On Oct. 23, 1998, Ida L. Castro became the first Latina Chair of the U.S. Equal Employment Opportunity Commission (EEOC). Nominated by President Clinton on April 2, 1998, Castro was finally confirmed by unanimous vote of the U.S. Senate. The EEOC enforces Title VII of the Civil Rights Act of 1964, the Age Discrimination in Employment Act, sections of the Civil Rights Act of 1991, the Equal Pay Act, Title I of the American with Disabilities Act and parts of the Rehabilitation Act.

Previous to this position Castro made considerable strides for women's rights as acting director of the Women's Bureau at the U.S. Department of Labor. She was the first Latina to receive tenure as an Associate Professor at Rutgers University and at 20 became the youngest and only female cabinet member in Carolina, Puerto Rico.

Randall Terry Files for Bankruptcy

Randall Terry, founder of the radical anti-abortion group Operation Rescue, filed for bankruptcy protection in November 1998, citing $1.7 million in debts including $1.6 million Terry alleges he's been ordered by courts to pay NOW and Planned Parenthood. "NOW has never seen a penny from all of our litigation against Terry and Operation Rescue," said NOW Executive Vice President Kim Gandy. "But he should not get away with using bankruptcy laws to avoid paying the clinics for the damage he's done."

NOW has persistently gone after Terry, Operation Rescue and others whose violent tactics seek to deny women's reproductive rights, most recently in the successful NOW v. Scheidler lawsuit.

Presidential Support for Women's Health and History

On Oct. 31, 1998, President Clinton signed The Women's Progress Commemoration Act and the Women's Health Research and Prevention Amendments of 1998. The Women's Progress Commemoration Act establishes a 15-member commission to preserve women's history in the U.S.  The commission will seek out historical sites of women's accomplishments and develop plans to preserve them for future generations. The Women's Health Research and Prevention Amendments of 1998 will advance women's health with an emphasis on diseases that primarily affect women. The bill will expand Federal research on osteoporosis, strokes, heart disease and other cardiovascular diseases, and continue to provide breast and cervical cancer screenings for low-income women.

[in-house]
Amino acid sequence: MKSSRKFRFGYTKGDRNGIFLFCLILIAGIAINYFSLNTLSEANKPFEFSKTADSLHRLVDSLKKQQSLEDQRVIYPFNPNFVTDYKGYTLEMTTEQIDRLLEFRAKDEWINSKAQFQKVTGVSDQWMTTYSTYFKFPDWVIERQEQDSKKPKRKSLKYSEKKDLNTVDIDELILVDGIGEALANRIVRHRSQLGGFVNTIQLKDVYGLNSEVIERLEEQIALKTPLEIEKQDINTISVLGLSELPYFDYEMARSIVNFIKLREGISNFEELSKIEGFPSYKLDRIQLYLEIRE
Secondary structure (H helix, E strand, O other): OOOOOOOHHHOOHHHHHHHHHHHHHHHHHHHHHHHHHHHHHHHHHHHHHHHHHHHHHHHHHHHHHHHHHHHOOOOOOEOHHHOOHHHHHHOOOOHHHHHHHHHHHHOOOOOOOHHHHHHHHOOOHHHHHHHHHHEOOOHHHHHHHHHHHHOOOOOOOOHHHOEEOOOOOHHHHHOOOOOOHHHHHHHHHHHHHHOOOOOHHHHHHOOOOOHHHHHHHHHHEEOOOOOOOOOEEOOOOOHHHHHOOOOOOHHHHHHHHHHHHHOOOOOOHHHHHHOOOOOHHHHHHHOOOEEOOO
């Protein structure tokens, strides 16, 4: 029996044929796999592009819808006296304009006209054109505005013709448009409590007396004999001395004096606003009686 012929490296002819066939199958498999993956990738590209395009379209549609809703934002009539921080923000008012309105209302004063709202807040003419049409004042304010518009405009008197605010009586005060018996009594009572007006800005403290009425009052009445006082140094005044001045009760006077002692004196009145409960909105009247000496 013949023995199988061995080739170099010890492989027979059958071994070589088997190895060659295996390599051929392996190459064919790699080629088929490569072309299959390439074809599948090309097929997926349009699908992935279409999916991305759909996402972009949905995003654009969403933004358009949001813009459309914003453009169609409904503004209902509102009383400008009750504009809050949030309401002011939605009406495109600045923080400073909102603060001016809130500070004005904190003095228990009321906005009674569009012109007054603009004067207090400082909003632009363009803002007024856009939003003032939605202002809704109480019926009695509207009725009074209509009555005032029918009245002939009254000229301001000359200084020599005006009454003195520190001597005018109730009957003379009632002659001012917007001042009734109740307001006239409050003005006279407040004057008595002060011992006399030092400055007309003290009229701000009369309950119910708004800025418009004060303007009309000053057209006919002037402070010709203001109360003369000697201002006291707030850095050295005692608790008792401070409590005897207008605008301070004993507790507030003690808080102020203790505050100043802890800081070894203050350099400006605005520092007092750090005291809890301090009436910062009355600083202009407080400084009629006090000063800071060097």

San Francisco Leads the Way With CEDAW

This past year San Francisco became the first U.S. city to institute the Convention on the Elimination of All Forms of Discrimination Against Women (CEDAW). The United Nations adopted CEDAW, an international bill of rights for women, in 1979. CEDAW requires ratifying countries to take "all appropriate measures" to ensure the full development and advancement of women in all arenas.  Presently, 161 countries have ratified the Convention. The U.S. is the only industrialized nation in the world holding out.

While several states, counties and cities have passed resolutions urging U.S. ratification, San Francisco's Board of Supervisors unanimously passed the first-ever ordinance obligating a city to the priniciples of CEDAW. NOW commends San Francisco on its initiative to improve the lives of women and girls and continues to press Congress for immediate ratification of this vital treaty.